PhD Assistantships in Fire Science and Ecologyevaluating the effectiveness of fuel breaks in mitigating size and risk of damaging wildfiresand the fuel break ecological impacts in sagebrush steppe ecosystems. Dr.Eva StrandandDr. Tim Prather in the University of Idaho Rangeland Center are seeking a highly motivated PhD studentin Natural Resources at the Department of Forest, Rangeland and Fire Sciencesand Department of Plant Sciencesat the University of Idaho.
The successful applicant would conduct research that involvesvegetation and fuel samplingin the field, spatial and statistical analysisof data from past interactionsof fuel breaks and fire, modeling of fire behavior using existing tools and decision support systems,and conduct plant community analysis within and around fuel breaks. The successful applicant will provide evidence of experience with some aspect of computer modelingand spatial analysis, vegetation sampling, and utilize herbicides for annual grass management and ability to work in natural areas. The successful applicant will also provide evidence of good communication skills both written and oral.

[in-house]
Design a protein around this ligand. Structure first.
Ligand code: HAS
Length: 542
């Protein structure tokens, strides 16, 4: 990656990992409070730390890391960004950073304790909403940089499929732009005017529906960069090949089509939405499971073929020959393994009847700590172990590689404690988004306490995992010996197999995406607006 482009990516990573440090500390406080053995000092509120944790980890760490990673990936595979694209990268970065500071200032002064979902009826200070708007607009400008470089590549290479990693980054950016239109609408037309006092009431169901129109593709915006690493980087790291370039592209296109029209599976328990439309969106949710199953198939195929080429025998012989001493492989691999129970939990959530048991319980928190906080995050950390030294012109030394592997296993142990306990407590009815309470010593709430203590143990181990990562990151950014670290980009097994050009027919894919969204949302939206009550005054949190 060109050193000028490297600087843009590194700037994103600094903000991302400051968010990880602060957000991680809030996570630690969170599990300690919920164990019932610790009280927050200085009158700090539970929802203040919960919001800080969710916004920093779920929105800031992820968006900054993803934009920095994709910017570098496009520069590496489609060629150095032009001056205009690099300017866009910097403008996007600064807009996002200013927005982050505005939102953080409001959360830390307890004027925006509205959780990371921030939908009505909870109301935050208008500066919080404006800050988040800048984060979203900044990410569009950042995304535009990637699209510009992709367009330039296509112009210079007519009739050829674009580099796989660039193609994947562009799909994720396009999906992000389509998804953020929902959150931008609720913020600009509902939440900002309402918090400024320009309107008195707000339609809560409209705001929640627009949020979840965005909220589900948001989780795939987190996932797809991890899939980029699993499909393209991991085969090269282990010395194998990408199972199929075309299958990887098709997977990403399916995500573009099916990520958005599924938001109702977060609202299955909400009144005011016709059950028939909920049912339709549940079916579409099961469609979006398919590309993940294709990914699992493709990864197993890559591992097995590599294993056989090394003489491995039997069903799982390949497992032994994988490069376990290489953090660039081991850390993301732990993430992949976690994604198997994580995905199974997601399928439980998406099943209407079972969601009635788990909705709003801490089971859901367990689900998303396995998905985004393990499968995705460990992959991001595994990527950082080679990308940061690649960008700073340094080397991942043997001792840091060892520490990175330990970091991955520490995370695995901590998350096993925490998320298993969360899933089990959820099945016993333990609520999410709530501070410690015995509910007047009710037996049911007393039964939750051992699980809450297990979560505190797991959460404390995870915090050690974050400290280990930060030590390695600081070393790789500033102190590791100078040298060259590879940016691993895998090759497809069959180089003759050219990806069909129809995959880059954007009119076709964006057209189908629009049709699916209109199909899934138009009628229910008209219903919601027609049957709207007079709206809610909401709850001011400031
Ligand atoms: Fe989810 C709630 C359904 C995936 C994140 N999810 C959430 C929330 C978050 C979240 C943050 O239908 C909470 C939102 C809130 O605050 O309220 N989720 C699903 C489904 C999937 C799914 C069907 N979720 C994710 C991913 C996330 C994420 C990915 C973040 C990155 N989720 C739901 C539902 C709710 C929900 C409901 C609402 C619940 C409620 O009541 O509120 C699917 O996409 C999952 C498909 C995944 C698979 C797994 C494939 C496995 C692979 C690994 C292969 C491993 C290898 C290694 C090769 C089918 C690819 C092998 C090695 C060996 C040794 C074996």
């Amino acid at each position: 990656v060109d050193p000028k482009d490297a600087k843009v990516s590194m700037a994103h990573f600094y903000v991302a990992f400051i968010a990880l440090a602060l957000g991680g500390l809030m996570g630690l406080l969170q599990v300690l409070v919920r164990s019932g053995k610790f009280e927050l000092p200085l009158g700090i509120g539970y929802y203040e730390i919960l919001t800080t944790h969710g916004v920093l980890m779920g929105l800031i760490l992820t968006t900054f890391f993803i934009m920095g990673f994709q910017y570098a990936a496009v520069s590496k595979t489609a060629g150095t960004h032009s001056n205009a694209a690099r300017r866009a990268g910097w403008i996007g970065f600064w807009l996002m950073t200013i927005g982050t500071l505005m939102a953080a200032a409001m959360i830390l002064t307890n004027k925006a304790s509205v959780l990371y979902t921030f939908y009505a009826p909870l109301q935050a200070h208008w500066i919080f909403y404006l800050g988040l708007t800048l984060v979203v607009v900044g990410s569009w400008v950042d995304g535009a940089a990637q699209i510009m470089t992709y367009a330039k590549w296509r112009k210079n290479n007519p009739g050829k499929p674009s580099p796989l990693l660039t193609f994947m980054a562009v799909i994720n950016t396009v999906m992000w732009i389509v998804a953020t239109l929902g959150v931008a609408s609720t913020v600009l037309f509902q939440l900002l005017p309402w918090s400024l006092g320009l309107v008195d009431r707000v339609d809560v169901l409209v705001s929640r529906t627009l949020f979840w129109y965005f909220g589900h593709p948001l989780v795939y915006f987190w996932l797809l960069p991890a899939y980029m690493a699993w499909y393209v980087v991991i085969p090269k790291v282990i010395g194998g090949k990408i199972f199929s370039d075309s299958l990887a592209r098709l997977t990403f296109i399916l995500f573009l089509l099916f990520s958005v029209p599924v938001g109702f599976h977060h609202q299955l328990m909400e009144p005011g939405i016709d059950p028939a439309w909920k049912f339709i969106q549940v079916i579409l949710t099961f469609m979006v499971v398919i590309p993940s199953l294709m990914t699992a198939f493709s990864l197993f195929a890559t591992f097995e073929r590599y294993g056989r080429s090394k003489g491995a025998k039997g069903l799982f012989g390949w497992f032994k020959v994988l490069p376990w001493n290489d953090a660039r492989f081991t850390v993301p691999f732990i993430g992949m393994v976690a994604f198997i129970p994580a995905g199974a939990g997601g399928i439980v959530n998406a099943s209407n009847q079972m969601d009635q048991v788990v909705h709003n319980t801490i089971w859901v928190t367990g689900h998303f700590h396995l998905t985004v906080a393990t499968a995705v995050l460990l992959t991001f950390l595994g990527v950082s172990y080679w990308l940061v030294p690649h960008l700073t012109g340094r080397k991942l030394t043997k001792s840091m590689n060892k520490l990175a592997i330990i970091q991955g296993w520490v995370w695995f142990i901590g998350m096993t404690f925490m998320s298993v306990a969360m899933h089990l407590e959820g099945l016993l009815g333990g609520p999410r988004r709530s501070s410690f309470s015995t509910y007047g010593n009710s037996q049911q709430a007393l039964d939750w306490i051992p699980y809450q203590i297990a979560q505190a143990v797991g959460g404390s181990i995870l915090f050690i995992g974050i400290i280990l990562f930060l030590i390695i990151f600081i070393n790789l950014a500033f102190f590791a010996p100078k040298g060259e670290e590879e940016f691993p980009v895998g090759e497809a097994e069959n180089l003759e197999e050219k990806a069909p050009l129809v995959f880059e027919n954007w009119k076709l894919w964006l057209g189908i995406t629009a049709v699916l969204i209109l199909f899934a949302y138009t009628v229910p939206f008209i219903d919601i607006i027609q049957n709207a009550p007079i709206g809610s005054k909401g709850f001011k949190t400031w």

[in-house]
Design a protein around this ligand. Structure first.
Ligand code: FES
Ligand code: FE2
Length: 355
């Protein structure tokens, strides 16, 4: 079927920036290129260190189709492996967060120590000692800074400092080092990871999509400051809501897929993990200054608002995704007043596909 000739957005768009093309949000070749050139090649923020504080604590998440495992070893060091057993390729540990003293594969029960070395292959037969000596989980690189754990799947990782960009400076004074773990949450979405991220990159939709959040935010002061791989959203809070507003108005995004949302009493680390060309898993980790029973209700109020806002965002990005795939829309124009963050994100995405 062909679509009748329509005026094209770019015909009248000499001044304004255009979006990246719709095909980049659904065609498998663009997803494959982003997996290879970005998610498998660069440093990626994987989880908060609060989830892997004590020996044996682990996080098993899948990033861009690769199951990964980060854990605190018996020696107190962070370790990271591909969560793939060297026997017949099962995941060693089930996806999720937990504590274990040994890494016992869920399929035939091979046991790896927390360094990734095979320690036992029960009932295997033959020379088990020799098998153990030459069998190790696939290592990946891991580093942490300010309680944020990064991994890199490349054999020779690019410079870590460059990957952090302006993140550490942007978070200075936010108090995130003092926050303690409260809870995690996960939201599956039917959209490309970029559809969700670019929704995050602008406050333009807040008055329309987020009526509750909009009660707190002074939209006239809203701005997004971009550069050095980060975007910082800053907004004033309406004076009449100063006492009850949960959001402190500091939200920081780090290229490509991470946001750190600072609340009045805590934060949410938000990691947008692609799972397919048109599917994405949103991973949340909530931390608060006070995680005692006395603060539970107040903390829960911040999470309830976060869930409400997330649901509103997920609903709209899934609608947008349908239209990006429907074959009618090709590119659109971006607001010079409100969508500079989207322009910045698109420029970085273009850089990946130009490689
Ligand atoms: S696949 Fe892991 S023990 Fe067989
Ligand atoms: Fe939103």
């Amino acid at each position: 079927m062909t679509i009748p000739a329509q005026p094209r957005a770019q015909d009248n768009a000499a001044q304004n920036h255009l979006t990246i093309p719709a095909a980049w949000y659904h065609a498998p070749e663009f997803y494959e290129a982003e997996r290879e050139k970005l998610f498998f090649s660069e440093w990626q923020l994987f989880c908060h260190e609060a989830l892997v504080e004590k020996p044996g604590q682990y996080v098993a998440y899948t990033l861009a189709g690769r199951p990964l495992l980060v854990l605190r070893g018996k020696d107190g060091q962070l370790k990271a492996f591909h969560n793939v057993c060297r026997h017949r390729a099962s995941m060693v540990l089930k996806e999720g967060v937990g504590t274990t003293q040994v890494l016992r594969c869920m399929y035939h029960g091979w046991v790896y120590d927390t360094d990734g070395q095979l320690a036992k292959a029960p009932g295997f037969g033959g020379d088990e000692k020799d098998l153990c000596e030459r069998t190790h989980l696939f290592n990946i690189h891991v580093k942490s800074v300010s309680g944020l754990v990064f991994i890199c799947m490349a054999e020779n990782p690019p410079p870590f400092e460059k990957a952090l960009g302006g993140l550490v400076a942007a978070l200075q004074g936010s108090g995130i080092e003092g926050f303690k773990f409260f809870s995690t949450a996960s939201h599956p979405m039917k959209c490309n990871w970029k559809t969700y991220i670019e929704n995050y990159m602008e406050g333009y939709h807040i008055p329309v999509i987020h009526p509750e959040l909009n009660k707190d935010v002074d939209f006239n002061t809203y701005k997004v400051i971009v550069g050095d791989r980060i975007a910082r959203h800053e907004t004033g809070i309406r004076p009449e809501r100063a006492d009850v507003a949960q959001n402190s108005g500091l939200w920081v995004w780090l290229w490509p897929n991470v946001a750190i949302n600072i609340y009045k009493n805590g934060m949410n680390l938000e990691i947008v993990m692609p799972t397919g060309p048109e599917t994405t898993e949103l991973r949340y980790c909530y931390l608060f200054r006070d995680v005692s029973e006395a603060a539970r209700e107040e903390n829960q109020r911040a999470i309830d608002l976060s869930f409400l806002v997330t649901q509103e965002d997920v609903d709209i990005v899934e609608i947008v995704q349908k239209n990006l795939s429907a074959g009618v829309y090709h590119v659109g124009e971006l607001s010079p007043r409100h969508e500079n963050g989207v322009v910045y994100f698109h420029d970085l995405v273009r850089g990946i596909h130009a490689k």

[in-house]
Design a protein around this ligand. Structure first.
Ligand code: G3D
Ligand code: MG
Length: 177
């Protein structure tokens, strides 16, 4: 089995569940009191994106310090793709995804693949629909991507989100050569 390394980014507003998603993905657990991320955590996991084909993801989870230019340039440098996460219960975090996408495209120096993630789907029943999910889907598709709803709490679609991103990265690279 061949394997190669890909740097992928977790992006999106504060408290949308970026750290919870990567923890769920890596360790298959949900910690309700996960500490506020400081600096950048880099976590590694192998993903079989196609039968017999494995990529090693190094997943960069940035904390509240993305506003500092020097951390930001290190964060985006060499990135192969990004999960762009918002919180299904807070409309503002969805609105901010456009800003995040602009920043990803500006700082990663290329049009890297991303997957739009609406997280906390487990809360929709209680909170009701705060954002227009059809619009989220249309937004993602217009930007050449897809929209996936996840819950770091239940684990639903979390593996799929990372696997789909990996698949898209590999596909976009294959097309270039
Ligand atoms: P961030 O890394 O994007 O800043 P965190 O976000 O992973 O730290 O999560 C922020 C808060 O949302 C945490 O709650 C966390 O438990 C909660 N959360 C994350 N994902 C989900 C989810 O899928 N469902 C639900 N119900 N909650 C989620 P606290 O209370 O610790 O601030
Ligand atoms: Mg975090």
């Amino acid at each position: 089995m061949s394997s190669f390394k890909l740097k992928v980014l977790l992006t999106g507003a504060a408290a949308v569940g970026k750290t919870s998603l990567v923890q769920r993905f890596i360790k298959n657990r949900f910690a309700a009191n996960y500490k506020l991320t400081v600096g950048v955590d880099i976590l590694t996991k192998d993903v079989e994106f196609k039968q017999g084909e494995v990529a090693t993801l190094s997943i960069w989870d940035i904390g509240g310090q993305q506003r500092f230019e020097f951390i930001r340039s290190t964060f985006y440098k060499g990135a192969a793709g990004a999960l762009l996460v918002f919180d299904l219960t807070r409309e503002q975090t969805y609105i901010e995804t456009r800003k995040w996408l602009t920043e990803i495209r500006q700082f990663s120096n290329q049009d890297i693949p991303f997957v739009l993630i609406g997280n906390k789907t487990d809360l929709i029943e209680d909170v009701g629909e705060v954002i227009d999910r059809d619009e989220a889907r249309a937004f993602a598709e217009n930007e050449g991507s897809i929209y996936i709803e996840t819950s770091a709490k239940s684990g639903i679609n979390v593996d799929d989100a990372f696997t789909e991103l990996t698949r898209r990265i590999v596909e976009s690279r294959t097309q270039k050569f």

The successful candidate will be working in an interdisciplinary team of faculty and students evaluating the effects of fuel breaktypeson fire mitigation, plant community ecology, and the rural economy. The team collaborates closely with research partners includingthe Bureau of Land Managementand the local ranching community of southern Idaho. Theproject isfundedby the Joint Fire Science Program.
The PhD assistantship has a starting date ofJanuary 2021. The assistantships includea stipend of $21,000-24,000per annum. To apply, please email Eva Strand (firstname.lastname@example.org) or Tim Prather (email@example.com) with a cover letter describing your research interests, goals and relevant experience, a complete CV, college transcripts, GRE scores and contact information of three references.
Review of applications will begin immediately, and the positionis scheduled to remain open until a suitable candidate is found. After the selection, the successful candidate will apply to be admitted to the College of Graduate Studies of the University of Idahowith the earliest start date of January 2021; information about the application procedure is available online.
With multiple agencies/entities, groups and task forces all working to find solutions for operational concerns surrounding the coronavirus pandemic, the need for a space to share information is apparent. This forum serves as a platform to ask questions, as well as to share ideas, information, and solutions.